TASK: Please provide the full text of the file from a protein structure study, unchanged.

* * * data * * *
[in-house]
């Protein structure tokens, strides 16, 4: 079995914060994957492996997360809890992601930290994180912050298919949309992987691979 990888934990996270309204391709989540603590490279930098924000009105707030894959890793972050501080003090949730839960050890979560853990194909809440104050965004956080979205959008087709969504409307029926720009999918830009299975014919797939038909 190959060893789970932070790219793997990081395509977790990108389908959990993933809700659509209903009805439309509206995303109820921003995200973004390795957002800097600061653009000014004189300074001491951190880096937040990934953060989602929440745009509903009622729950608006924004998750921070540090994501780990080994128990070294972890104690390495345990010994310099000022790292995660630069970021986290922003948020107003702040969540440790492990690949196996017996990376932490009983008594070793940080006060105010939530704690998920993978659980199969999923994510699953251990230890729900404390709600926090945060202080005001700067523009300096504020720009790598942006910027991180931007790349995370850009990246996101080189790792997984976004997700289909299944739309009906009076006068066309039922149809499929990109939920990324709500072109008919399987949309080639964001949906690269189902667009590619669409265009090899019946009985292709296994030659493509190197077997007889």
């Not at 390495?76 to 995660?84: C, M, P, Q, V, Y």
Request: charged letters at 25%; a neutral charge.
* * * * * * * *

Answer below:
[in-house]
């Protein structure tokens, strides 16, 4: 079995914060994957492996997360809890992601930290994180912050298919949309992987691979 990888934990996270309204391709989540603590490279930098924000009105707030894959890793972050501080003090949730839960050890979560853990194909809440104050965004956080979205959008087709969504409307029926720009999918830009299975014919797939038909 190959060893789970932070790219793997990081395509977790990108389908959990993933809700659509209903009805439309509206995303109820921003995200973004390795957002800097600061653009000014004189300074001491951190880096937040990934953060989602929440745009509903009622729950608006924004998750921070540090994501780990080994128990070294972890104690390495345990010994310099000022790292995660630069970021986290922003948020107003702040969540440790492990690949196996017996990376932490009983008594070793940080006060105010939530704690998920993978659980199969999923994510699953251990230890729900404390709600926090945060202080005001700067523009300096504020720009790598942006910027991180931007790349995370850009990246996101080189790792997984976004997700289909299944739309009906009076006068066309039922149809499929990109939920990324709500072109008919399987949309080639964001949906690269189902667009590619669409265009090899019946009985292709296994030659493509190197077997007889």
């Not at 390495?76 to 995660?84: C, M, P, Q, V, Y």
Request: charged letters at 25%; a neutral charge.